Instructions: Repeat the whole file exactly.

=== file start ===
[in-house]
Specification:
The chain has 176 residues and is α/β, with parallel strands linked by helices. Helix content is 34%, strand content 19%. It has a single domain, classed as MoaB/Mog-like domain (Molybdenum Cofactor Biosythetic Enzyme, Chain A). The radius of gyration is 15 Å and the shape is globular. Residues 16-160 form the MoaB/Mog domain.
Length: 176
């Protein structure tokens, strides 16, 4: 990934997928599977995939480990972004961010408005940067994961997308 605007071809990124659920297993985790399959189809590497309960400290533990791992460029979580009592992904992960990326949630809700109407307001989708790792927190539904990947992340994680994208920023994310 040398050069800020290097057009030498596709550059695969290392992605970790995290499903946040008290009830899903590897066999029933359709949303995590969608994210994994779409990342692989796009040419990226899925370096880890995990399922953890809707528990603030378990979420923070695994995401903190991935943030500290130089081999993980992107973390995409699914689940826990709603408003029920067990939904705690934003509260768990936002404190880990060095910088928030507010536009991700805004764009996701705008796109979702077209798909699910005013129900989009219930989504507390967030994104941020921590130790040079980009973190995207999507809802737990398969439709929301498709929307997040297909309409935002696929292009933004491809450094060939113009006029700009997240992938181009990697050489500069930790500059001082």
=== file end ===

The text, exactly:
[in-house]
Specification:
The chain has 176 residues and is α/β, with parallel strands linked by helices. Helix content is 34%, strand content 19%. It has a single domain, classed as MoaB/Mog-like domain (Molybdenum Cofactor Biosythetic Enzyme, Chain A). The radius of gyration is 15 Å and the shape is globular. Residues 16-160 form the MoaB/Mog domain.
Length: 176
């Protein structure tokens, strides 16, 4: 990934997928599977995939480990972004961010408005940067994961997308 605007071809990124659920297993985790399959189809590497309960400290533990791992460029979580009592992904992960990326949630809700109407307001989708790792927190539904990947992340994680994208920023994310 040398050069800020290097057009030498596709550059695969290392992605970790995290499903946040008290009830899903590897066999029933359709949303995590969608994210994994779409990342692989796009040419990226899925370096880890995990399922953890809707528990603030378990979420923070695994995401903190991935943030500290130089081999993980992107973390995409699914689940826990709603408003029920067990939904705690934003509260768990936002404190880990060095910088928030507010536009991700805004764009996701705008796109979702077209798909699910005013129900989009219930989504507390967030994104941020921590130790040079980009973190995207999507809802737990398969439709929301498709929307997040297909309409935002696929292009933004491809450094060939113009006029700009997240992938181009990697050489500069930790500059001082």